A Culture of “Yes”
Earlier this week, Frank Bonsal, an active startup investor in Baltimore, wrote about how the Rise of the Rest tour challenged Baltimore to create a “Culture of Yes” around startups. Yes, I’ll take a chance as a customer of a startup. Yes, I’ll have a coffee with a startup, offer some advice, make a connection, recommend a hire. Jess Knox challenged the Portland business community to instill that culture–Jess said his single biggest need was for the business community to take startups seriously–rather than as “cute activities.” Attitude is everything.
The other reason a “Culture of Yes” in Rise of the Rest cities matters is that national investors, customers, and other backers take cues from what is going on locally. Steve Case’s firm Revolution invests millions per startup in Rise of the Rest communities from its Ventures and Growth funds–but as Steve told local partners during lunch, “it’s much easier for us to come in when local investors have shown the way.” A Rise of the Rest partner, the Blackstone Charitable Foundation, was able to get the ecosystem off to a great start–supporting Maine Accelerates Growth with over $1 million–but Mainers are going to need to support continued ecosystem development. A culture of “yes” goes a long way.
The Cost of Doing Nothing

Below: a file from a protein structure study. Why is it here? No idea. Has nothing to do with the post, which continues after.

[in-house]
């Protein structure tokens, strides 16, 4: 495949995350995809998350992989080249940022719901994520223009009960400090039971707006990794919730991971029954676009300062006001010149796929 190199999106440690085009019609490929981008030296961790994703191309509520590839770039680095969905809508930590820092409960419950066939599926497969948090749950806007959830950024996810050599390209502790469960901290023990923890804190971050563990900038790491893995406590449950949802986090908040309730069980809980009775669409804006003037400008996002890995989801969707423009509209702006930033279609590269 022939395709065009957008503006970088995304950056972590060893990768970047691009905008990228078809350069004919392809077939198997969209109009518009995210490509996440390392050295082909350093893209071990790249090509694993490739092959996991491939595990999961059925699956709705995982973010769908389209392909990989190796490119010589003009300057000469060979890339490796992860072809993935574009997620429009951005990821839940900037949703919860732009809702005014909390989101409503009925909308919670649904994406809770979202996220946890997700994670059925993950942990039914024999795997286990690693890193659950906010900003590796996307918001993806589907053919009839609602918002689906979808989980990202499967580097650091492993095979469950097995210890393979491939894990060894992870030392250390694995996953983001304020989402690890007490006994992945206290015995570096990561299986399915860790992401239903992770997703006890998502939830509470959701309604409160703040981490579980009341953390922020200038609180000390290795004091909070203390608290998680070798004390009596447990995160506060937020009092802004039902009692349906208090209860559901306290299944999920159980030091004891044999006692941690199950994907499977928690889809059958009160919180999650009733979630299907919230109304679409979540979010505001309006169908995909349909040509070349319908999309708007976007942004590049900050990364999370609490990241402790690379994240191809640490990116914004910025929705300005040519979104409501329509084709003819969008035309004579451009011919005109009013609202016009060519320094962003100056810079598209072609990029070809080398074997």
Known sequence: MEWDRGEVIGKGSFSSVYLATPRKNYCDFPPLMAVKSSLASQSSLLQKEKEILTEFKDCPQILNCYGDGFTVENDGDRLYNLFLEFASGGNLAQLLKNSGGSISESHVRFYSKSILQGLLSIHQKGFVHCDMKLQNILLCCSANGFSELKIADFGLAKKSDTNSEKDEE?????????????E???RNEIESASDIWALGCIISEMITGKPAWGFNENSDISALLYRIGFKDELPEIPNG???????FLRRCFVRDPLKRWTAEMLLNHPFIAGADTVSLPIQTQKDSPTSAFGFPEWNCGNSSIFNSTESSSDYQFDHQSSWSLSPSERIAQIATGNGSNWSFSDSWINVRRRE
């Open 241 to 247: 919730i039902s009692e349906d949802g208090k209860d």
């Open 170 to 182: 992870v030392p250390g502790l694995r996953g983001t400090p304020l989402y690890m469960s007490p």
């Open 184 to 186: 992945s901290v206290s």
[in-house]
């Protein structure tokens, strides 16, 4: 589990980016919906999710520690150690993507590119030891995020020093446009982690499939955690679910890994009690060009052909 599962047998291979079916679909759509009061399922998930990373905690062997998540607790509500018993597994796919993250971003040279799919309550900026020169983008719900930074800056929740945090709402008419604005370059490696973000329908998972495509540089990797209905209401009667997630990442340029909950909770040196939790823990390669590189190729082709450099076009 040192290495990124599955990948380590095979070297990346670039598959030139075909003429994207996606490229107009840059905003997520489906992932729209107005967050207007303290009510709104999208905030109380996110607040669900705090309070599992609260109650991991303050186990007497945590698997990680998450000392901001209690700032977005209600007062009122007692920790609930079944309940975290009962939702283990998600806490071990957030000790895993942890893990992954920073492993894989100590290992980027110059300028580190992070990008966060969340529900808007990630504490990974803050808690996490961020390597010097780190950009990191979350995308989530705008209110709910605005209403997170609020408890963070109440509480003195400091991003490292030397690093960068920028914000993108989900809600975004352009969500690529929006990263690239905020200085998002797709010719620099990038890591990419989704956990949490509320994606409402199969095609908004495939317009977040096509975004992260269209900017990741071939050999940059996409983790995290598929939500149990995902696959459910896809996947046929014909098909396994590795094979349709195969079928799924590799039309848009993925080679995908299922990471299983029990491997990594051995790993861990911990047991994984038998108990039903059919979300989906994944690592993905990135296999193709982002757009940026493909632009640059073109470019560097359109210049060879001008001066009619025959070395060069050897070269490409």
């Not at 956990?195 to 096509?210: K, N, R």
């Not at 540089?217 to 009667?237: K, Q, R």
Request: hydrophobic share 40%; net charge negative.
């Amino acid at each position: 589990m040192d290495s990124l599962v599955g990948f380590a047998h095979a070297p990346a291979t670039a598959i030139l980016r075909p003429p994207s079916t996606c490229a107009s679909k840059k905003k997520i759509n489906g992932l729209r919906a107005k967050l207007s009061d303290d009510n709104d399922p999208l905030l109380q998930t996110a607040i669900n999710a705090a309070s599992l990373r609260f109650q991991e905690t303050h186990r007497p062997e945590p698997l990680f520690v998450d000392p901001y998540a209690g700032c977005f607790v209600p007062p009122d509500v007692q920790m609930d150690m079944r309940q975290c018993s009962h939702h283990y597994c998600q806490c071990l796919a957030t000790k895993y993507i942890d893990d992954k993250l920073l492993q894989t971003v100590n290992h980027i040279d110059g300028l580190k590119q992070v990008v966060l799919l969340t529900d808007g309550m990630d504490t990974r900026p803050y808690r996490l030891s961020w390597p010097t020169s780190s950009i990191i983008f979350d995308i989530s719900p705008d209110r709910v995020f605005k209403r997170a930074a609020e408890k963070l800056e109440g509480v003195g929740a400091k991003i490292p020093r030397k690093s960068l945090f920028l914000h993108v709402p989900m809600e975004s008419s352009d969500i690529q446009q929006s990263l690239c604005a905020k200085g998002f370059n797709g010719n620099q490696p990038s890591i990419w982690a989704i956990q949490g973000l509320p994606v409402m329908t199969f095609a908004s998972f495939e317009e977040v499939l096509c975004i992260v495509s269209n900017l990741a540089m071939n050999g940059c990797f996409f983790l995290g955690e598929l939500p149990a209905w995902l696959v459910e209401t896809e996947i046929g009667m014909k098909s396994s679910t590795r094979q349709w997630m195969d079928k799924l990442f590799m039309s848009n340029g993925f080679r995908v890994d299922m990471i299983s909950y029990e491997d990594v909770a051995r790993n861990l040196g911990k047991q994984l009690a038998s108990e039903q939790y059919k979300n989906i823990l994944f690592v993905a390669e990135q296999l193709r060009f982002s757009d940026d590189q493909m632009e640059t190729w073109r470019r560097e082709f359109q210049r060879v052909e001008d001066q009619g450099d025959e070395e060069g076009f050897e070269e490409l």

Portland was our 19th city of this Rise of the Rest initiative. While the goal of Rise of the Rest is to promote a more evenly distributed innovation economy, the reality is that some communities inevitably will rise faster than others. Portland has shown significant progress over the past few years, but so has Buffalo, New Orleans, Louisville, Albuquerque, and a dozen other cities. The cities that ultimately do rise–and attract talented people and capital, and turn them into jobs–are the ones that will move faster.
Several people over the course of the day said that one worry about a humble, quiet culture is it was slow to move, and at lunch, Steve reminded the Portland business community about the cost of doing nothing: “what you do in the next 1-2 years will determine the economy of the next 10-20 years.” Ultimately, leaders in Rise of the Rest cities need to recognize that doing nothing to support startups has an unsustainable opportunity cost.
“Enough Outsiders in One Place”
The quotation at the top of this post comes from Mainer Stephen King’s The Stand, and ultimately outlines the Rise of the Rest thesis–startups don’t happen in a vacuum, they grow in communities; and a community is only “The Rest” so long as people in the community believe it is. JP Bak, an entrepreneur in Buffalo, said “Steve, we hope that the next time you come back to Buffalo you call this tour ‘Rise of the Best’–Buffalo will have come that far!”
In Portland, as in the other 18 cities, we saw tremendous potential–and we can’t wait for the mystic osmosis that will happen over the coming years that turn “Rise of the Rest” into the continued rise of the best.